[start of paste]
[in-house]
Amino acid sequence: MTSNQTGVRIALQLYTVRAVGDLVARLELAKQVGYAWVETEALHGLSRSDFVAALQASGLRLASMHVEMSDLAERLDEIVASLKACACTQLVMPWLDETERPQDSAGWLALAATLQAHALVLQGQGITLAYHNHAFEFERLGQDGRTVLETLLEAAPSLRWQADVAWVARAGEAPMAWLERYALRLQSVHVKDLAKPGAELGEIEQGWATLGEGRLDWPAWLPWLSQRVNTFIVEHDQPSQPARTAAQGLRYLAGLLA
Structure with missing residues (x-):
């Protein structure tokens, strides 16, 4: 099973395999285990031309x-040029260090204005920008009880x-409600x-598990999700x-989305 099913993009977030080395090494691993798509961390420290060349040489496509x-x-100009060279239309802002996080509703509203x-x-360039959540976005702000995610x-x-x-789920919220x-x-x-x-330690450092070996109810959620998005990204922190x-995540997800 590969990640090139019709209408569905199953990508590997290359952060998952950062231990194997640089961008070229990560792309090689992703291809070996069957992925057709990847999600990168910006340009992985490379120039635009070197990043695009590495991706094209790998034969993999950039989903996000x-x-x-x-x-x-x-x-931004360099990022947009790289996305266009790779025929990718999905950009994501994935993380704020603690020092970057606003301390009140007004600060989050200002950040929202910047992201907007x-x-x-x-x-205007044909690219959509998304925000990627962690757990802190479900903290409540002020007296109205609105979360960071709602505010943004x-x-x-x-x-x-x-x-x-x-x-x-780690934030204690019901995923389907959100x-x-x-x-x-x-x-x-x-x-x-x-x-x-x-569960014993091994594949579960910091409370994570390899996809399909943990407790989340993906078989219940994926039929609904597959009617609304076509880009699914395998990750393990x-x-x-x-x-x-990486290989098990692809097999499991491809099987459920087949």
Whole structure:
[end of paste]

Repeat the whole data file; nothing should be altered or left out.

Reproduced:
[in-house]
Amino acid sequence: MTSNQTGVRIALQLYTVRAVGDLVARLELAKQVGYAWVETEALHGLSRSDFVAALQASGLRLASMHVEMSDLAERLDEIVASLKACACTQLVMPWLDETERPQDSAGWLALAATLQAHALVLQGQGITLAYHNHAFEFERLGQDGRTVLETLLEAAPSLRWQADVAWVARAGEAPMAWLERYALRLQSVHVKDLAKPGAELGEIEQGWATLGEGRLDWPAWLPWLSQRVNTFIVEHDQPSQPARTAAQGLRYLAGLLA
Structure with missing residues (x-):
């Protein structure tokens, strides 16, 4: 099973395999285990031309x-040029260090204005920008009880x-409600x-598990999700x-989305 099913993009977030080395090494691993798509961390420290060349040489496509x-x-100009060279239309802002996080509703509203x-x-360039959540976005702000995610x-x-x-789920919220x-x-x-x-330690450092070996109810959620998005990204922190x-995540997800 590969990640090139019709209408569905199953990508590997290359952060998952950062231990194997640089961008070229990560792309090689992703291809070996069957992925057709990847999600990168910006340009992985490379120039635009070197990043695009590495991706094209790998034969993999950039989903996000x-x-x-x-x-x-x-x-931004360099990022947009790289996305266009790779025929990718999905950009994501994935993380704020603690020092970057606003301390009140007004600060989050200002950040929202910047992201907007x-x-x-x-x-205007044909690219959509998304925000990627962690757990802190479900903290409540002020007296109205609105979360960071709602505010943004x-x-x-x-x-x-x-x-x-x-x-x-780690934030204690019901995923389907959100x-x-x-x-x-x-x-x-x-x-x-x-x-x-x-569960014993091994594949579960910091409370994570390899996809399909943990407790989340993906078989219940994926039929609904597959009617609304076509880009699914395998990750393990x-x-x-x-x-x-990486290989098990692809097999499991491809099987459920087949």
Whole structure: